When I was growing up in the little settlement of Elstow to the North West of Te Aroha I only had to travel down the road to the south a mile or so to see a contrast. If we traveled North it was two miles and if we went further North West 10 miles.
The contrast was the soil types. In every direction you went from home it was a contrast. If you hopped over the back boundary you were in the Kapuati Peat Swamp where the peat was up to 30 meters deep.
What was noticeable to me then was not the soil types because I knew nothing about them, but it was what grew on that soil and how they were farmed.
If we went the ten miles North West we were in marine clay country. In late winter traveling to rugby it was only ten miles but how could they have all this really tall grass because, to me it was winter so it shouldn’t be happening. There was phalaris, timothy, cocksfoot, annual ryes and they were calving their cows about a month ahead of the district we were in.
About three miles South there were friends of mum and dad who had 80 hectares(200 acres).
They milked 200 cows. They were considered good farmers and produced 600 kg of butterfat per hectare. In today’s terms 1000 kg of milk solids per hectare, with very little input. They weren’t on the peat!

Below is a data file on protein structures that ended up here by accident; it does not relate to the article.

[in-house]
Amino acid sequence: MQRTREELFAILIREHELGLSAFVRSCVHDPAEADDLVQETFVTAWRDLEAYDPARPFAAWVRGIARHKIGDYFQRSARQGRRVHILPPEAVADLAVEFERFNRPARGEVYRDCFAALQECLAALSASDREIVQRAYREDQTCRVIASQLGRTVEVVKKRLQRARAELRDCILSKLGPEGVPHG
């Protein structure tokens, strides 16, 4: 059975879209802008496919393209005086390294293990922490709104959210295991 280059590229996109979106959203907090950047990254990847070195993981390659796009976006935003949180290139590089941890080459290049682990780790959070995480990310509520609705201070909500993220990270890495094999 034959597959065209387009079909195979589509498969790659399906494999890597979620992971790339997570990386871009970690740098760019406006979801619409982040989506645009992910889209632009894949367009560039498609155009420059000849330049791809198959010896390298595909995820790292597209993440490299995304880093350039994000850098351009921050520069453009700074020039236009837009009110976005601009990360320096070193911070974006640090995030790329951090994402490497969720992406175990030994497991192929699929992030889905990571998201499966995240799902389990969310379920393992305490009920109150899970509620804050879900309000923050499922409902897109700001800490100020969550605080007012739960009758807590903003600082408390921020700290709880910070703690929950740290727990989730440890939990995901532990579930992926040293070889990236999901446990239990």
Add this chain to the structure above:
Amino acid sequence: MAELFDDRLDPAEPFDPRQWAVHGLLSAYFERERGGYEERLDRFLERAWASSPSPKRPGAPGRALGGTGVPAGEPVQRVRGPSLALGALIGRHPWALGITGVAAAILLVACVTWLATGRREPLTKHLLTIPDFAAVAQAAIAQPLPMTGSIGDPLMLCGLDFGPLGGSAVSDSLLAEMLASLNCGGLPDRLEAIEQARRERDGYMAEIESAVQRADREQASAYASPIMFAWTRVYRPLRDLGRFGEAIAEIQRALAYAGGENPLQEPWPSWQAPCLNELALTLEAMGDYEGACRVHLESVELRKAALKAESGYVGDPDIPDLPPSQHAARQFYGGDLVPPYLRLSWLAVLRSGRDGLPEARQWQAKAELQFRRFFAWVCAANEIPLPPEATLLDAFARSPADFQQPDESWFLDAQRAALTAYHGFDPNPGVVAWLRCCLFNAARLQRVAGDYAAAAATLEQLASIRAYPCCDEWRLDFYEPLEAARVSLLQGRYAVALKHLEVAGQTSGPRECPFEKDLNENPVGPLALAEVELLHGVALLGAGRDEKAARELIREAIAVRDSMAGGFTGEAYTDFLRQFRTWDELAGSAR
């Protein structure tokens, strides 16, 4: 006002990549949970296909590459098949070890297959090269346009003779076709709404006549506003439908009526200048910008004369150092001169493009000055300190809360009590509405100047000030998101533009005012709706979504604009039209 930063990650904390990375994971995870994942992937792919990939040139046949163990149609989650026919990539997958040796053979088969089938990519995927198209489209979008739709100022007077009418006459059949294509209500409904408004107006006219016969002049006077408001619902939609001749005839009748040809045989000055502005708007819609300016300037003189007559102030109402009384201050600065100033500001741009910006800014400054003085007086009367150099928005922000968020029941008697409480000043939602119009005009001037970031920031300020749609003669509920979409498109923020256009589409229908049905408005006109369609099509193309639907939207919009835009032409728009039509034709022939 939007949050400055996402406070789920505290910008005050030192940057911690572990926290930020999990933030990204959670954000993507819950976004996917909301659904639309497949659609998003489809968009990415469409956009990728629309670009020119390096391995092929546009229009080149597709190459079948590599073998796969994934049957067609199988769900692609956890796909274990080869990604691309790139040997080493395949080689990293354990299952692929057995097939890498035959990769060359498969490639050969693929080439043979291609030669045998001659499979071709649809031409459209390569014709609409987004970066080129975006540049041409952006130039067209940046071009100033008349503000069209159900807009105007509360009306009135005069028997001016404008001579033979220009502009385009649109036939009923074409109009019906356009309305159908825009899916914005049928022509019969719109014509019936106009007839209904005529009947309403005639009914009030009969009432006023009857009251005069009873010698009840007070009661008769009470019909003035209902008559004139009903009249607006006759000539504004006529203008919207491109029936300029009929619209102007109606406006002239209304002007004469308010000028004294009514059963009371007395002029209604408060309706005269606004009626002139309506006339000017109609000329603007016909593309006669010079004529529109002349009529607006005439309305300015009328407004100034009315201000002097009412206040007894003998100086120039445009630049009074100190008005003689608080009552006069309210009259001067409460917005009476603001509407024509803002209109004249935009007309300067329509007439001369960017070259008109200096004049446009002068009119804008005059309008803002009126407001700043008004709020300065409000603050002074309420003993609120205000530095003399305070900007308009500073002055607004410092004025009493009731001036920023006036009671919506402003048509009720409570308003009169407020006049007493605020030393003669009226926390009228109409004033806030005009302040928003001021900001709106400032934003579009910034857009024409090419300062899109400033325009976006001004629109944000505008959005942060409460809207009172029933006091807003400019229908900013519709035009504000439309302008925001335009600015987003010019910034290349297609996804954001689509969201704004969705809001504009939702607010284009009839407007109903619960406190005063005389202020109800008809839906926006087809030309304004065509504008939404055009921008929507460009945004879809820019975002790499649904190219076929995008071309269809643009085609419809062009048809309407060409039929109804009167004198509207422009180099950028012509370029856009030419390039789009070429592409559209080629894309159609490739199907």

Today if you take away all the inputs that farmers are buying and using to get production, there is no doubt that these farms cannot do the same production and its got nothing to do with climate change.
As farmers we really have to take to heart things that are not going the way they should. Being an avid duck hunter (well I Used to Be) not only did we see what was going on, on the farms. We could also see what was going on in the waterways.
We didn’t need fancy monitoring equipment. You can tell by what weeds are growing, algae and the resulting wildlife. In those days there were ducks everywhere, in road drains, ponds, canals, rivers butt where are they now?
Our propensity for production has muddied the waters of prosperity in more ways than one. We have forgotten that profit has a cost on the environment which really is making us poorer as a society.
As time has gone on my interest in farming has not diminished even when it has dealt me brutal blows. Sometimes we have to dig deep and challenge our thinking and the thinking of the people who advise us and really come to grips with why we have not progressed. We have regressed on the whole in our productive capacity and the quality of what we produce.
There are other ways to make changes and that only comes from education. Educate yourself and give yourself the confidence to stand up and make a difference.
To learn more book a call with Ewan got educated Campbell.